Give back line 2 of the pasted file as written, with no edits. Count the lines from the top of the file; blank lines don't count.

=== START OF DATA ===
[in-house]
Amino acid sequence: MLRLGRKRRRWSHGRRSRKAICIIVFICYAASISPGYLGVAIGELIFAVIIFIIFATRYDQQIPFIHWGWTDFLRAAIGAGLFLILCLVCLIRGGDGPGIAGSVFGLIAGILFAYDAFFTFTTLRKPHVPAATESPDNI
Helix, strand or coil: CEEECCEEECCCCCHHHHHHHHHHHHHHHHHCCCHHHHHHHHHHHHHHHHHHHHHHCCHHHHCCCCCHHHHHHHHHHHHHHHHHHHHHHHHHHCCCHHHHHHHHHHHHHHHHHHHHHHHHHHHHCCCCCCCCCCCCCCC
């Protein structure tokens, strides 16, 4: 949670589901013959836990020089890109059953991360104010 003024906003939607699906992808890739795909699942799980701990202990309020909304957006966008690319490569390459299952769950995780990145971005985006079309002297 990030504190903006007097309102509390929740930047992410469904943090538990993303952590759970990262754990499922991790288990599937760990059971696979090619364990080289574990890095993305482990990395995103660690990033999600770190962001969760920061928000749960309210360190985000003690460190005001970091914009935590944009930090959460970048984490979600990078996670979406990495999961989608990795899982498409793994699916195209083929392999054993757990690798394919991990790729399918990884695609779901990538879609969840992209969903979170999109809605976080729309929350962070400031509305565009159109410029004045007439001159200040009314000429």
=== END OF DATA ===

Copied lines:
Amino acid sequence: MLRLGRKRRRWSHGRRSRKAICIIVFICYAASISPGYLGVAIGELIFAVIIFIIFATRYDQQIPFIHWGWTDFLRAAIGAGLFLILCLVCLIRGGDGPGIAGSVFGLIAGILFAYDAFFTFTTLRKPHVPAATESPDNI